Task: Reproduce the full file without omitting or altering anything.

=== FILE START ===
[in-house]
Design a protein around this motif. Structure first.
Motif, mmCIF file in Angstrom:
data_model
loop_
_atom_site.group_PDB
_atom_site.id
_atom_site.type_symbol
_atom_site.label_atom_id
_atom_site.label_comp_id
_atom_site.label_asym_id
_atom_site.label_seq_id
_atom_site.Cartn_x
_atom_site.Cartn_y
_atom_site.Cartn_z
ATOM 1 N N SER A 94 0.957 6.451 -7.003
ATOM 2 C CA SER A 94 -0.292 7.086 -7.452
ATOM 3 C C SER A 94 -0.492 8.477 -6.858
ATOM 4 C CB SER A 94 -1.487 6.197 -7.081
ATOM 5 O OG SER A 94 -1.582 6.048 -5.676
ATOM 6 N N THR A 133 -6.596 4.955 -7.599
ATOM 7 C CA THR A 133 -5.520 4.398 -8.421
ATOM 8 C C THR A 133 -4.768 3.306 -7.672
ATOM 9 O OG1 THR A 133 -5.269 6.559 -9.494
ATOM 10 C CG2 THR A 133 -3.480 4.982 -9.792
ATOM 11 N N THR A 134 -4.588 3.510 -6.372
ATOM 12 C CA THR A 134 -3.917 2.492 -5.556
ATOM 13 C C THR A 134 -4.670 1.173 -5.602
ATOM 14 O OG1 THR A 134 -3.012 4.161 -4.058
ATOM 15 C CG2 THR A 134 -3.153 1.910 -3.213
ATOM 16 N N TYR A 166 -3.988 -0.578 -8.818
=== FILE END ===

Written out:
[in-house]
Design a protein around this motif. Structure first.
Motif, mmCIF file in Angstrom:
data_model
loop_
_atom_site.group_PDB
_atom_site.id
_atom_site.type_symbol
_atom_site.label_atom_id
_atom_site.label_comp_id
_atom_site.label_asym_id
_atom_site.label_seq_id
_atom_site.Cartn_x
_atom_site.Cartn_y
_atom_site.Cartn_z
ATOM 1 N N SER A 94 0.957 6.451 -7.003
ATOM 2 C CA SER A 94 -0.292 7.086 -7.452
ATOM 3 C C SER A 94 -0.492 8.477 -6.858
ATOM 4 C CB SER A 94 -1.487 6.197 -7.081
ATOM 5 O OG SER A 94 -1.582 6.048 -5.676
ATOM 6 N N THR A 133 -6.596 4.955 -7.599
ATOM 7 C CA THR A 133 -5.520 4.398 -8.421
ATOM 8 C C THR A 133 -4.768 3.306 -7.672
ATOM 9 O OG1 THR A 133 -5.269 6.559 -9.494
ATOM 10 C CG2 THR A 133 -3.480 4.982 -9.792
ATOM 11 N N THR A 134 -4.588 3.510 -6.372
ATOM 12 C CA THR A 134 -3.917 2.492 -5.556
ATOM 13 C C THR A 134 -4.670 1.173 -5.602
ATOM 14 O OG1 THR A 134 -3.012 4.161 -4.058
ATOM 15 C CG2 THR A 134 -3.153 1.910 -3.213
ATOM 16 N N TYR A 166 -3.988 -0.578 -8.818